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Title: Functional cortical connectivity analysis of mental fatigue unmasks hemispheric asymmetry and changes in small-world networks
Authors: Sun, Y.
Lim, J.
Kwok, K. 
Bezerianos, A.
Keywords: Electroencephalography (EEG)
Partial directed coherence (PDC)
Psychomotor vigilance test (PVT)
Small world
Issue Date: Mar-2014
Citation: Sun, Y., Lim, J., Kwok, K., Bezerianos, A. (2014-03). Functional cortical connectivity analysis of mental fatigue unmasks hemispheric asymmetry and changes in small-world networks. Brain and Cognition 85 (1) : 220-230. ScholarBank@NUS Repository.
Abstract: Changes in functional connectivity across mental states can provide richer information about human cognition than simpler univariate approaches. Here, we applied a graph theoretical approach to analyze such changes in the lower alpha (8-10. Hz) band of EEG data from 26 subjects undergoing a mentally-demanding test of sustained attention: the Psychomotor Vigilance Test. Behavior and connectivity maps were compared between the first and last 5. min of the task. Reaction times were significantly slower in the final minutes of the task, showing a clear time-on-task effect. A significant increase was observed in weighted characteristic path length, a measure of the efficiency of information transfer within the cortical network. This increase was correlated with reaction time change. Functional connectivity patterns were also estimated on the cortical surface via source localization of cortical activities in 26 predefined regions of interest. Increased characteristic path length was revealed, providing further support for the presence of a reshaped global topology in cortical connectivity networks under fatigue state. Additional analysis showed an asymmetrical pattern of connectivity (right > left) in fronto-parietal regions associated with sustained attention, supporting the right-lateralization of this function. Interestingly, in the fatigue state, significance decreases were observed in left, but not right fronto-parietal connectivity. Our results indicate that functional network organization can change over relatively short time scales with mental fatigue, and that decreased connectivity has a meaningful relationship with individual difference in behavior and performance. © 2014 Elsevier Inc.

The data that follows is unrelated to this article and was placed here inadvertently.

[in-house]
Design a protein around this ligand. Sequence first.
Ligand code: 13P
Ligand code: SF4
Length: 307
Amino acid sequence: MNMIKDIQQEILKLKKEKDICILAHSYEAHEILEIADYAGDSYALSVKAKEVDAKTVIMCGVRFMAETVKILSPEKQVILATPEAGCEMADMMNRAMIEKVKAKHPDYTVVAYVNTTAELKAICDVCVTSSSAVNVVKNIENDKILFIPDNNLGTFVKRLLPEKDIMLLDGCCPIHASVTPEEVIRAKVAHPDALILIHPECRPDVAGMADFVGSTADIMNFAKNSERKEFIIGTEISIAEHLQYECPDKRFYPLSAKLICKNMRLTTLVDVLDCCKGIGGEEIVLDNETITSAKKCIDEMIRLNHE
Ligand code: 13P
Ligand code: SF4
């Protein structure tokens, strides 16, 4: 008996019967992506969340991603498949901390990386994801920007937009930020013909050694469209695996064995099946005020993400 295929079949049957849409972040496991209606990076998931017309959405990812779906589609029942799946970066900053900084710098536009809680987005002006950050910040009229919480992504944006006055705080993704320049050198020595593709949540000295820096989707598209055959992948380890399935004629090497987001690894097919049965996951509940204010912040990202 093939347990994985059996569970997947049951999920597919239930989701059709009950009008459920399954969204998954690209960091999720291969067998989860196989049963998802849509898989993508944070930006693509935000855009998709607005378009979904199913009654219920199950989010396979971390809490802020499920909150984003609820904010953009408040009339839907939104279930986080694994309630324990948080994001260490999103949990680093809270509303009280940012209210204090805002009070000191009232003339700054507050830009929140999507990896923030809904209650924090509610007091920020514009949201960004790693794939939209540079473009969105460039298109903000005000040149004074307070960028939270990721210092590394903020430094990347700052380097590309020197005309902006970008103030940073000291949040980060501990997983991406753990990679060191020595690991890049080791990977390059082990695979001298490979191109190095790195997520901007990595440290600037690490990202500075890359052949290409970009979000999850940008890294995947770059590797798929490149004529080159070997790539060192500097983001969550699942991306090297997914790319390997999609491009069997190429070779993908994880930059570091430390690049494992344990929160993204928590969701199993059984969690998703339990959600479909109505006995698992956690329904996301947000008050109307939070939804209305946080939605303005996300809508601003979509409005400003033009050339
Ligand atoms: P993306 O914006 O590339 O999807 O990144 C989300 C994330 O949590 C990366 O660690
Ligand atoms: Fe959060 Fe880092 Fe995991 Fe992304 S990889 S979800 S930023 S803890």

Source Title: Brain and Cognition
ISSN: 02782626
DOI: 10.1016/j.bandc.2013.12.011
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